Lead Poisoning Tips
Lead poisoning is entirely preventable. The key is stopping children from coming into contact with lead and treating children who have been poisoned by lead.
The goal is to prevent lead exposure to children before they are harmed. There are many ways parents can reduce a child's exposure to lead. The key is stopping children from coming into contact with lead. Lead hazards in a child's environment must be identified and controlled or removed safely.
How Are Children Exposed to Lead?
Lead-based paint and lead contaminated dust are the main sources of exposure for lead in U.S. children. Lead-based paints were banned for use in housing in 1978. All houses built before 1978 are likely to contain some lead-based paint. However, it is the deterioration of this paint that causes a problem. Approximately 24 million housing units have deteriorated leaded paint and elevated levels of lead-contaminated house dust. More than 4 million of these dwellings are homes to one or more young children.
Who Is At Risk For Lead Poisoning?
All children under the age of 6 years old are at risk because they are growing so rapidly and because they tend to put their hands or other objects, which may be contaminated with lead dust, into their mouths.
However, children living at or below the poverty line who live in older housing are at greatest risk. Additionally, children of some racial and ethnic groups and those living in older housing are disproportionately affected by lead.
Can Lead Poisoning Be Prevented?
It is important to determine the construction year of the house or the dwelling where your child may spend a large amount of time (e.g., grandparents or daycare). In housing built before 1978, assume that the paint has lead unless tests show otherwise.
Talk to your state or local health department about testing paint and dust from your home for lead.
Make sure your child does not have access to peeling paint or chewable surfaces painted with lead-based paint.
Pregnant women and children should not be present in housing built before 1978 that is undergoing renovation. They should not participate in activities that disturb old paint or in cleaning up paint debris after work is completed.
Create barriers between living/play areas and lead sources. Until environmental clean-up is completed, parents should clean and isolate all sources of lead. They should close and lock doors to keep children away from chipping or peeling paint on walls. You can also apply temporary barriers such as contact paper or duct tape, to cover holes in walls or to block children's access to other sources of lead.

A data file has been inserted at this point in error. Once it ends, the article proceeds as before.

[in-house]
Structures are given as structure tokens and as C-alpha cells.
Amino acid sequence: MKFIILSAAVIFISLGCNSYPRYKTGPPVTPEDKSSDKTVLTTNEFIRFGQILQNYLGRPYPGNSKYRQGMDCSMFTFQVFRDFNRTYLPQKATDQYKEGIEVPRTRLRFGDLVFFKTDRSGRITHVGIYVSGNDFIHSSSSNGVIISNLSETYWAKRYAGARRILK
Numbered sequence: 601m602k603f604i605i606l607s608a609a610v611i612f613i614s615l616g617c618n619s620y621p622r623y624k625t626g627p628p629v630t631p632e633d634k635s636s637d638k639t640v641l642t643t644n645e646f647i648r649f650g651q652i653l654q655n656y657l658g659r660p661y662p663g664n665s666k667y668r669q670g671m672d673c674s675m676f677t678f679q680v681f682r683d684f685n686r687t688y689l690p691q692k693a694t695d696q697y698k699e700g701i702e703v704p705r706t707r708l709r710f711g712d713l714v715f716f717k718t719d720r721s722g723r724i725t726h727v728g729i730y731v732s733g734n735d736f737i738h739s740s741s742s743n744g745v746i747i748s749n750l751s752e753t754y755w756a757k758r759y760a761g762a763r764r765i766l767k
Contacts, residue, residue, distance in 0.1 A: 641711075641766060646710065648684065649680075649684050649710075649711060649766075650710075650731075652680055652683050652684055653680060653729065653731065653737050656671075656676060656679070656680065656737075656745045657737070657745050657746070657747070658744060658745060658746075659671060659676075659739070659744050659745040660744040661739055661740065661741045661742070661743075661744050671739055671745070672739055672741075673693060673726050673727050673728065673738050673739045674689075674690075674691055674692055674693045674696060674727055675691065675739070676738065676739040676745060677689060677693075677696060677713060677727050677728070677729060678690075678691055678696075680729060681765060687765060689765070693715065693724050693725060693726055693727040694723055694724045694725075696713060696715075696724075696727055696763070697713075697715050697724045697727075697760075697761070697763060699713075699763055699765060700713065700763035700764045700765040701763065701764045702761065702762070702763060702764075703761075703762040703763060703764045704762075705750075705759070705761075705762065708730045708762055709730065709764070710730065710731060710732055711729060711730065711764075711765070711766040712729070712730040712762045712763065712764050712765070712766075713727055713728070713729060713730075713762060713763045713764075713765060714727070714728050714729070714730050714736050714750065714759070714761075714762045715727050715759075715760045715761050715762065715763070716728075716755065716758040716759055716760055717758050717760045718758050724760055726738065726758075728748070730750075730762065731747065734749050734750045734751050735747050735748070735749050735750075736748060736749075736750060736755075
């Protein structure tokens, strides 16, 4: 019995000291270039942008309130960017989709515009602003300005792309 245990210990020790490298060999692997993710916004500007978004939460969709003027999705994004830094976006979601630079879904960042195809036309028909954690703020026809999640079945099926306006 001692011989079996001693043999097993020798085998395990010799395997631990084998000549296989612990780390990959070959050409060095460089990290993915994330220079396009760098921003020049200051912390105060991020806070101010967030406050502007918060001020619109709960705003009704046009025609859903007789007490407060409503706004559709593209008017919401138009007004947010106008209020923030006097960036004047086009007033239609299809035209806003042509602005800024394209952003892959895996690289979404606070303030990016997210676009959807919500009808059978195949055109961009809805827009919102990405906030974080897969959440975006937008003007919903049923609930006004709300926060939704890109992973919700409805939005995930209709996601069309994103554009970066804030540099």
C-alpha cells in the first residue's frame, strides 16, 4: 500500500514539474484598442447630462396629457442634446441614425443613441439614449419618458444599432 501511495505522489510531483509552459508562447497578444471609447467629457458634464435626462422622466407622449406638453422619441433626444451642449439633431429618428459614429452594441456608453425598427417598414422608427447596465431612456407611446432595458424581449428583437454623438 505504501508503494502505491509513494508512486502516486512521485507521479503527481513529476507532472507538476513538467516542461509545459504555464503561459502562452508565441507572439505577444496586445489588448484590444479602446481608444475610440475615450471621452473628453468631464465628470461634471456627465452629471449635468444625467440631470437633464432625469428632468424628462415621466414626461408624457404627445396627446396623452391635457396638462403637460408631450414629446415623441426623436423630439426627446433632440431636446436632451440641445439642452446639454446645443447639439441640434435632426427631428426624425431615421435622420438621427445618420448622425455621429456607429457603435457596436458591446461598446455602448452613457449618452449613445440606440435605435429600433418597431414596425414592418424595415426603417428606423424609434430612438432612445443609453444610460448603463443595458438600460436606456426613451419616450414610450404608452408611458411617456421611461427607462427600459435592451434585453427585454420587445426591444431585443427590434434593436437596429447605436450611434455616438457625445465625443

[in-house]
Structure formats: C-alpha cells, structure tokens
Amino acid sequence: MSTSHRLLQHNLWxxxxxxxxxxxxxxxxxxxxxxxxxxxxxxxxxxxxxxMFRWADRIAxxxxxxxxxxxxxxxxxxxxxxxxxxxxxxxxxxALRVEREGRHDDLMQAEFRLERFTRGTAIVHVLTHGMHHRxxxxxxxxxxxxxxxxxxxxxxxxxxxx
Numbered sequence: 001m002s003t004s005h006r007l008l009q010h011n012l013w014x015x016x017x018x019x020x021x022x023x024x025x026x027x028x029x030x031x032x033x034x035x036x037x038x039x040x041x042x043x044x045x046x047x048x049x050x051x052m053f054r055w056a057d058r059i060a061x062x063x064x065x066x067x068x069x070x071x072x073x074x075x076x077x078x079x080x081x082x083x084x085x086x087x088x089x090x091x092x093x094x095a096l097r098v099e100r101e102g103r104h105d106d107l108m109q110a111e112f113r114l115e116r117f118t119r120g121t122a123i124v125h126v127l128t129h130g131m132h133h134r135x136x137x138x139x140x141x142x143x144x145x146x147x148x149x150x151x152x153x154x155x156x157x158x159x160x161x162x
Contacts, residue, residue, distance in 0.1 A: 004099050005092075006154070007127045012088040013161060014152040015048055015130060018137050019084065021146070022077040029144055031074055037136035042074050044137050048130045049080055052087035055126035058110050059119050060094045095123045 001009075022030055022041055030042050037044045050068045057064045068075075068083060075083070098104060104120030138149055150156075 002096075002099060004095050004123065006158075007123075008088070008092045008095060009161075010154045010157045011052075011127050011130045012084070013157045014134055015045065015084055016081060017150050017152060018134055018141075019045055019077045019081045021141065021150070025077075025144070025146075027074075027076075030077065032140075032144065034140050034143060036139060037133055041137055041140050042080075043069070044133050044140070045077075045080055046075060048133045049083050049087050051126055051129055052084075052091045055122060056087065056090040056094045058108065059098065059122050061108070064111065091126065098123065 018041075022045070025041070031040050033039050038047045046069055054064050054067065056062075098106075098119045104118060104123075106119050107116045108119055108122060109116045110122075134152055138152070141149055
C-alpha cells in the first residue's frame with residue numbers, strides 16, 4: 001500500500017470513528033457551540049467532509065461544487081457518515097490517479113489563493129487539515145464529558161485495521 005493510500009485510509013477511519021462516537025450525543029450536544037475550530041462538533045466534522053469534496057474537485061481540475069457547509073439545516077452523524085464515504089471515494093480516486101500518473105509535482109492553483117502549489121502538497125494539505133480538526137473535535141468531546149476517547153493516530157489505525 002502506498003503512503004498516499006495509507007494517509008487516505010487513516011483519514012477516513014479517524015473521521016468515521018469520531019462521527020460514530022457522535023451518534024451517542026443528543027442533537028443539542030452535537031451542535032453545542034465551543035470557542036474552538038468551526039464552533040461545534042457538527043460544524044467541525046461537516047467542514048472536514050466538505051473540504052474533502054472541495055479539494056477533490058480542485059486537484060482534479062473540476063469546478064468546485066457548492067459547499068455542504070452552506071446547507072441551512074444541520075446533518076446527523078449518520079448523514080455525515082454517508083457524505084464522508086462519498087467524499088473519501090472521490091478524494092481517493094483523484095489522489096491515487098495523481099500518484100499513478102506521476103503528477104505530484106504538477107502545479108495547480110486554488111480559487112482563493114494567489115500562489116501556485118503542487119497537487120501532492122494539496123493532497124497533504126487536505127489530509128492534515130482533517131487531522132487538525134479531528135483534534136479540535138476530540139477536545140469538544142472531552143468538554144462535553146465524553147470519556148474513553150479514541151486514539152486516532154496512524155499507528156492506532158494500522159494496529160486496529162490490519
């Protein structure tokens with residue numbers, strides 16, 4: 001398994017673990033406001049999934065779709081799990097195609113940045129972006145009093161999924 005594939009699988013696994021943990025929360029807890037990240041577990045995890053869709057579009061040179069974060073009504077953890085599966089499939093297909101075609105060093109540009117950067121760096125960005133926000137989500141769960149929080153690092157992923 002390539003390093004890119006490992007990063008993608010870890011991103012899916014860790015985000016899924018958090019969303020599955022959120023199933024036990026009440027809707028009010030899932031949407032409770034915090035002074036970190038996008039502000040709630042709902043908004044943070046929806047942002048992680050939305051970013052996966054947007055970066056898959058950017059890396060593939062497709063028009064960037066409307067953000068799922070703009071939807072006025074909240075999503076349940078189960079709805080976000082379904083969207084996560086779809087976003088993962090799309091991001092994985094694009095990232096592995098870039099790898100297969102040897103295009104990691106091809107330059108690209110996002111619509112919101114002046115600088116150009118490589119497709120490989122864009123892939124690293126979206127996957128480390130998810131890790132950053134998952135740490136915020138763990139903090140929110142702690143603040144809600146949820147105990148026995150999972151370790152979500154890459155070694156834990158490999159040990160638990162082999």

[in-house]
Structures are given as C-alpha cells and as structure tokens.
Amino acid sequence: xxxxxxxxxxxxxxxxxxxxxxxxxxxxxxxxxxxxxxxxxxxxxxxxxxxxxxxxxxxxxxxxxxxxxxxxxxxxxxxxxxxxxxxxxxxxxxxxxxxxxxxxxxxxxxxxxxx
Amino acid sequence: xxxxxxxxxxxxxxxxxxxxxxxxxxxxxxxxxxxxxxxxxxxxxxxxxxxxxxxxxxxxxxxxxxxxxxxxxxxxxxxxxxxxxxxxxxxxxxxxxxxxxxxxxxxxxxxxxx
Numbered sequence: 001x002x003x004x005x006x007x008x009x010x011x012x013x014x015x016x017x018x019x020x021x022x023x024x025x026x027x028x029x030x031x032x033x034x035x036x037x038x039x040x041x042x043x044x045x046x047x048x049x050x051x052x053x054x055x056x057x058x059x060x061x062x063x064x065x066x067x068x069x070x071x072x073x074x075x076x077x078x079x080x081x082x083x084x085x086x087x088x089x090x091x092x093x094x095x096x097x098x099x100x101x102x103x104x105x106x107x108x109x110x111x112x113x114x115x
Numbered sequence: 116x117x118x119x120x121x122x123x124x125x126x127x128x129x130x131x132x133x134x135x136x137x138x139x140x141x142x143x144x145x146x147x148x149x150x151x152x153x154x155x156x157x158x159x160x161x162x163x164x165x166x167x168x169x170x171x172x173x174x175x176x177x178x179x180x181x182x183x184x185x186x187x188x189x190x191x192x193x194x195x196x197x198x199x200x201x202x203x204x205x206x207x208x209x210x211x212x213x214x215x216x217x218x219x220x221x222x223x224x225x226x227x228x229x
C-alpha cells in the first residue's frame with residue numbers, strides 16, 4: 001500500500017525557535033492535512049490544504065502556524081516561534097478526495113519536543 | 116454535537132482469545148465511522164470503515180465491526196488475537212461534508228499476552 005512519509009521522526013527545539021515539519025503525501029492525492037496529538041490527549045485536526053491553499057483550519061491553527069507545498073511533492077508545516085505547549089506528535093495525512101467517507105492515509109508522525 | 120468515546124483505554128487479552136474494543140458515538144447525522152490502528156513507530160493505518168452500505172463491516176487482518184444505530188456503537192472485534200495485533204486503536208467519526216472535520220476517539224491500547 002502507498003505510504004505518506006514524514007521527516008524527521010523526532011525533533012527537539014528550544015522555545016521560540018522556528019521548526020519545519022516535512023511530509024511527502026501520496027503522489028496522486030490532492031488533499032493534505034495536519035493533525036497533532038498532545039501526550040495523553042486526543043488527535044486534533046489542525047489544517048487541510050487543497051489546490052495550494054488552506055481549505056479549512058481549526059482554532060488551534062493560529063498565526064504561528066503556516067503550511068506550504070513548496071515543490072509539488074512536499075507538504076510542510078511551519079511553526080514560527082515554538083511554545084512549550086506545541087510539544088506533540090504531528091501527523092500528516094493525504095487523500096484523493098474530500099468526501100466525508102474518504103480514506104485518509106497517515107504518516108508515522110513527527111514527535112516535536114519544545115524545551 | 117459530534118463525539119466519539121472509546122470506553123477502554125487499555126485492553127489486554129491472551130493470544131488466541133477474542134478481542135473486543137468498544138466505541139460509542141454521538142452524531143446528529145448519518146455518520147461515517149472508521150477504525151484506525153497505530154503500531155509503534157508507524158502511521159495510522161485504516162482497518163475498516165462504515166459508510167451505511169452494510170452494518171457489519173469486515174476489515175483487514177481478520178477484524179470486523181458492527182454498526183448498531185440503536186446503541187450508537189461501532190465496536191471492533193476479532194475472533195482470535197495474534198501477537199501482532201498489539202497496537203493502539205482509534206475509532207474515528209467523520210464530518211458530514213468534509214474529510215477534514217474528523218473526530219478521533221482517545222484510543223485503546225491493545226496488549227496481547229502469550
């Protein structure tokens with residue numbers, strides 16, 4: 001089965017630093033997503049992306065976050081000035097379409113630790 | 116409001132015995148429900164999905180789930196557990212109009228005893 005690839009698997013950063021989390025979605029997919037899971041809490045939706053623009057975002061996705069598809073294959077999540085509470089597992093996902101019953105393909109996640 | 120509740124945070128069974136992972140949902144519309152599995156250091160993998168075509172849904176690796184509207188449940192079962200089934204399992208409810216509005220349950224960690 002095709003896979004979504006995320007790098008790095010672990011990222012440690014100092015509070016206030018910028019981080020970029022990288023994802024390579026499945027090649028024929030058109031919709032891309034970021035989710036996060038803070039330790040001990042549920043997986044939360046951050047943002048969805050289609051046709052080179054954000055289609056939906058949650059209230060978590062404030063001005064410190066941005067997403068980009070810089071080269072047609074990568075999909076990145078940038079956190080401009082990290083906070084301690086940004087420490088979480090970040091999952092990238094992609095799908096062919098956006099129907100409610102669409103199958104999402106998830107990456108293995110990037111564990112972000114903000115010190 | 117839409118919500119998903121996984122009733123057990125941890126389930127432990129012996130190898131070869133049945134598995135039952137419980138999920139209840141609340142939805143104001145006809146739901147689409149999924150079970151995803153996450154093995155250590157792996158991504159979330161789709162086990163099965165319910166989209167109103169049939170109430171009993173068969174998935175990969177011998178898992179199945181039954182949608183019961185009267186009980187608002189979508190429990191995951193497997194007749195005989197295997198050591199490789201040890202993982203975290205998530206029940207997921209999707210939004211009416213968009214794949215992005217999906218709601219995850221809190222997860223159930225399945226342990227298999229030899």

Regularly wash children's hands and toys. Hands and toys can become contaminated from household dust or exterior soil. Both are known lead sources.
Regularly wet-mop floors and wet-wipe window components. Because household dust is a major source of lead, parents should wet-mop floors and wet-wipe horizontal surfaces every 2-3 weeks. Windowsills and wells can contain high levels of leaded dust. They should be kept clean. If feasible, windows should be shut to prevent abrasion of painted surfaces or opened from the top sash.
Prevent children from playing in bare soil; if possible, provide them with sandboxes. Parents should plant grass on areas of bare soil or cover the soil with grass seed, mulch, or wood chips, if possible. Until the bare soil is covered, parents should move play areas away from bare soil and away from the sides of the house. If using a sandbox, parents should also cover the box when not in use to prevent cats from using it as a litter box. That will help protect children from exposure to animal waste.
To further reduce a child's exposure from non-residential paint sources:
- avoid using traditional home remedies and cosmetics that may contain lead;
- avoid eating candies imported from Mexico;
- avoid using containers, cookware, or tableware to store or cook foods or liquids that are not shown to be lead free;
- remove recalled toys and toy jewelry immediately from children. Check Lead Recalls lists.
- use only cold water from the tap for drinking, cooking, and for making baby formula (Hot water is more likely to contain higher levels of lead. Most of the lead in household water usually comes from the plumbing in your house, not from the local water supply.);
- shower and change clothes after finishing a task that involves working with lead-based products such as stain glass work, bullet making, or using a firing range.
Centers for Disease Control and Prevention: Lead Poisoning
Last Editorial Review: 6/1/2009